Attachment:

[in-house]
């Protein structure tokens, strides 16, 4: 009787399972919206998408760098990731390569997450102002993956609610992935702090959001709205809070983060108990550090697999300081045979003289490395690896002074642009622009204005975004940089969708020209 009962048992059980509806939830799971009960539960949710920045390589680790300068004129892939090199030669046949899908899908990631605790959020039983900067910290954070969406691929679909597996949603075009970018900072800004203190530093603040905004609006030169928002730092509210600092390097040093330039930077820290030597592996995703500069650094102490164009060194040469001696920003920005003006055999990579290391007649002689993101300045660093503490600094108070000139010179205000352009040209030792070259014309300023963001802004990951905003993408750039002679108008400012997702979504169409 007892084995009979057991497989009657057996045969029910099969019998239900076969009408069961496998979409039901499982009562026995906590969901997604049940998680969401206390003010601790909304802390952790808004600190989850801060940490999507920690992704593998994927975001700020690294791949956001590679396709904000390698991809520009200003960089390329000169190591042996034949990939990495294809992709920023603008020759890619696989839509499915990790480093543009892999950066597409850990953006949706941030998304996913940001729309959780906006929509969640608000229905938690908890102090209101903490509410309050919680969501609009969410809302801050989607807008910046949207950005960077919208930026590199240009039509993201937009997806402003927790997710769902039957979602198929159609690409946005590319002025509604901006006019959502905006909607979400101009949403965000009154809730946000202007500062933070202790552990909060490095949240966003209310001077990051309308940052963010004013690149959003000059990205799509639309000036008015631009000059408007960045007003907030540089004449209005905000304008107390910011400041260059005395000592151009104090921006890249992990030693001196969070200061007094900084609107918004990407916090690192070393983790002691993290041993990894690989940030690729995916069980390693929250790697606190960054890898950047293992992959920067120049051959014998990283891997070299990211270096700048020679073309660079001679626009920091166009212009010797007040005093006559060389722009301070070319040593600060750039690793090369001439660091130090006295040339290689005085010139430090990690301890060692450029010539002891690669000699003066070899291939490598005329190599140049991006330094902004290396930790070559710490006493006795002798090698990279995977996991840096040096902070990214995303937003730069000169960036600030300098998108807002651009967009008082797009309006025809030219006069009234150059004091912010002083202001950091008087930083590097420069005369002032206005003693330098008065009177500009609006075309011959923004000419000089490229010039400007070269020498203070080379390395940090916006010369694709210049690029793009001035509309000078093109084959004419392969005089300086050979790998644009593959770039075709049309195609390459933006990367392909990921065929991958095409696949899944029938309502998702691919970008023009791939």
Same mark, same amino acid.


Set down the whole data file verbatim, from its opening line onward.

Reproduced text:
[in-house]
């Protein structure tokens, strides 16, 4: 009787399972919206998408760098990731390569997450102002993956609610992935702090959001709205809070983060108990550090697999300081045979003289490395690896002074642009622009204005975004940089969708020209 009962048992059980509806939830799971009960539960949710920045390589680790300068004129892939090199030669046949899908899908990631605790959020039983900067910290954070969406691929679909597996949603075009970018900072800004203190530093603040905004609006030169928002730092509210600092390097040093330039930077820290030597592996995703500069650094102490164009060194040469001696920003920005003006055999990579290391007649002689993101300045660093503490600094108070000139010179205000352009040209030792070259014309300023963001802004990951905003993408750039002679108008400012997702979504169409 007892084995009979057991497989009657057996045969029910099969019998239900076969009408069961496998979409039901499982009562026995906590969901997604049940998680969401206390003010601790909304802390952790808004600190989850801060940490999507920690992704593998994927975001700020690294791949956001590679396709904000390698991809520009200003960089390329000169190591042996034949990939990495294809992709920023603008020759890619696989839509499915990790480093543009892999950066597409850990953006949706941030998304996913940001729309959780906006929509969640608000229905938690908890102090209101903490509410309050919680969501609009969410809302801050989607807008910046949207950005960077919208930026590199240009039509993201937009997806402003927790997710769902039957979602198929159609690409946005590319002025509604901006006019959502905006909607979400101009949403965000009154809730946000202007500062933070202790552990909060490095949240966003209310001077990051309308940052963010004013690149959003000059990205799509639309000036008015631009000059408007960045007003907030540089004449209005905000304008107390910011400041260059005395000592151009104090921006890249992990030693001196969070200061007094900084609107918004990407916090690192070393983790002691993290041993990894690989940030690729995916069980390693929250790697606190960054890898950047293992992959920067120049051959014998990283891997070299990211270096700048020679073309660079001679626009920091166009212009010797007040005093006559060389722009301070070319040593600060750039690793090369001439660091130090006295040339290689005085010139430090990690301890060692450029010539002891690669000699003066070899291939490598005329190599140049991006330094902004290396930790070559710490006493006795002798090698990279995977996991840096040096902070990214995303937003730069000169960036600030300098998108807002651009967009008082797009309006025809030219006069009234150059004091912010002083202001950091008087930083590097420069005369002032206005003693330098008065009177500009609006075309011959923004000419000089490229010039400007070269020498203070080379390395940090916006010369694709210049690029793009001035509309000078093109084959004419392969005089300086050979790998644009593959770039075709049309195609390459933006990367392909990921065929991958095409696949899944029938309502998702691919970008023009791939």
Same mark, same amino acid.